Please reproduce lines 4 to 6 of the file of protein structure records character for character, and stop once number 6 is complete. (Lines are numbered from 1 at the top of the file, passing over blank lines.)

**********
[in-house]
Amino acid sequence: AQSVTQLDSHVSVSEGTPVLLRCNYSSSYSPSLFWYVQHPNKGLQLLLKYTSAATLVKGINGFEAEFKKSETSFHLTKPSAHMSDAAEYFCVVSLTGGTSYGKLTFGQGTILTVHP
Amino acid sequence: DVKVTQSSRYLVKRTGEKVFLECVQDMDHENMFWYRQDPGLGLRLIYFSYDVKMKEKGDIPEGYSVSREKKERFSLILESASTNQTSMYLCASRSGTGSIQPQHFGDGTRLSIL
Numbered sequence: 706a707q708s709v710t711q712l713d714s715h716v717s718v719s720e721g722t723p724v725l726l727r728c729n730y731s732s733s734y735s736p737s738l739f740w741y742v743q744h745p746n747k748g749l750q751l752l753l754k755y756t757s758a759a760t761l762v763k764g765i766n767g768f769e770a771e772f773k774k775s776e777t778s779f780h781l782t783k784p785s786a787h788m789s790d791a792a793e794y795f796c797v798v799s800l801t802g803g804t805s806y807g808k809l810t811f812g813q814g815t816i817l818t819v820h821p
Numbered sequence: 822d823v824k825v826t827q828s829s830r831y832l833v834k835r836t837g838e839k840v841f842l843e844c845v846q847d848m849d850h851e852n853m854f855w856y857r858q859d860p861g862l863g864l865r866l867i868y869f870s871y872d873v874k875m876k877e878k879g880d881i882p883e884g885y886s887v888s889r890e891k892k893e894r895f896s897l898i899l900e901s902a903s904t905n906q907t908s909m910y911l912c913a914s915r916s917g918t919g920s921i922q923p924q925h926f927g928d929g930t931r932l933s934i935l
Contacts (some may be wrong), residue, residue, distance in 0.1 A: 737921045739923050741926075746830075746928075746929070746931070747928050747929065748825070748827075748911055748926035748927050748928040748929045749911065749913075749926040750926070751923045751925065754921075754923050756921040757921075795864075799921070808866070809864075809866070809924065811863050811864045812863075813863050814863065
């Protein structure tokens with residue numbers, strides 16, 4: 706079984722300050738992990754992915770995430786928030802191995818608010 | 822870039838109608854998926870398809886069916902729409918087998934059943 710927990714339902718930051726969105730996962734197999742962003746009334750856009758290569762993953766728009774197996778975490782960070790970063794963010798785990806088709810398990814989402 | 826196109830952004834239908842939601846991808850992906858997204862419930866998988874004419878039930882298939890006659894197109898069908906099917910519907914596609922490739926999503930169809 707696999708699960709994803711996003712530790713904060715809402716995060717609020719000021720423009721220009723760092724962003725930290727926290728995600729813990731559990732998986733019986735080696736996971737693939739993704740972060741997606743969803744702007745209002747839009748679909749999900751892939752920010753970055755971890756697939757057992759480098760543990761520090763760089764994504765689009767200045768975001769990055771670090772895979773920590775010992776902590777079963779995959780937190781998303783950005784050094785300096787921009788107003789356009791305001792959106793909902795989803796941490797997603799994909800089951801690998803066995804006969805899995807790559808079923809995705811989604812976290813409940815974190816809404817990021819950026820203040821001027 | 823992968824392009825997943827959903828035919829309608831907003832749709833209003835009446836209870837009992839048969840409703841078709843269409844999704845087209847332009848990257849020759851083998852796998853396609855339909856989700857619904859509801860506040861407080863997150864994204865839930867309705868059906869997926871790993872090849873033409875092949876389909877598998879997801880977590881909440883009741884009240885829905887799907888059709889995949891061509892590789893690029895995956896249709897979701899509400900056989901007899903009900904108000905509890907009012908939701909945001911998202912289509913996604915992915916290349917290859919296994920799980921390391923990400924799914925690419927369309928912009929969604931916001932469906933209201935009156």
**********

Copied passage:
Numbered sequence: 706a707q708s709v710t711q712l713d714s715h716v717s718v719s720e721g722t723p724v725l726l727r728c729n730y731s732s733s734y735s736p737s738l739f740w741y742v743q744h745p746n747k748g749l750q751l752l753l754k755y756t757s758a759a760t761l762v763k764g765i766n767g768f769e770a771e772f773k774k775s776e777t778s779f780h781l782t783k784p785s786a787h788m789s790d791a792a793e794y795f796c797v798v799s800l801t802g803g804t805s806y807g808k809l810t811f812g813q814g815t816i817l818t819v820h821p
Numbered sequence: 822d823v824k825v826t827q828s829s830r831y832l833v834k835r836t837g838e839k840v841f842l843e844c845v846q847d848m849d850h851e852n853m854f855w856y857r858q859d860p861g862l863g864l865r866l867i868y869f870s871y872d873v874k875m876k877e878k879g880d881i882p883e884g885y886s887v888s889r890e891k892k893e894r895f896s897l898i899l900e901s902a903s904t905n906q907t908s909m910y911l912c913a914s915r916s917g918t919g920s921i922q923p924q925h926f927g928d929g930t931r932l933s934i935l
Contacts (some may be wrong), residue, residue, distance in 0.1 A: 737921045739923050741926075746830075746928075746929070746931070747928050747929065748825070748827075748911055748926035748927050748928040748929045749911065749913075749926040750926070751923045751925065754921075754923050756921040757921075795864075799921070808866070809864075809866070809924065811863050811864045812863075813863050814863065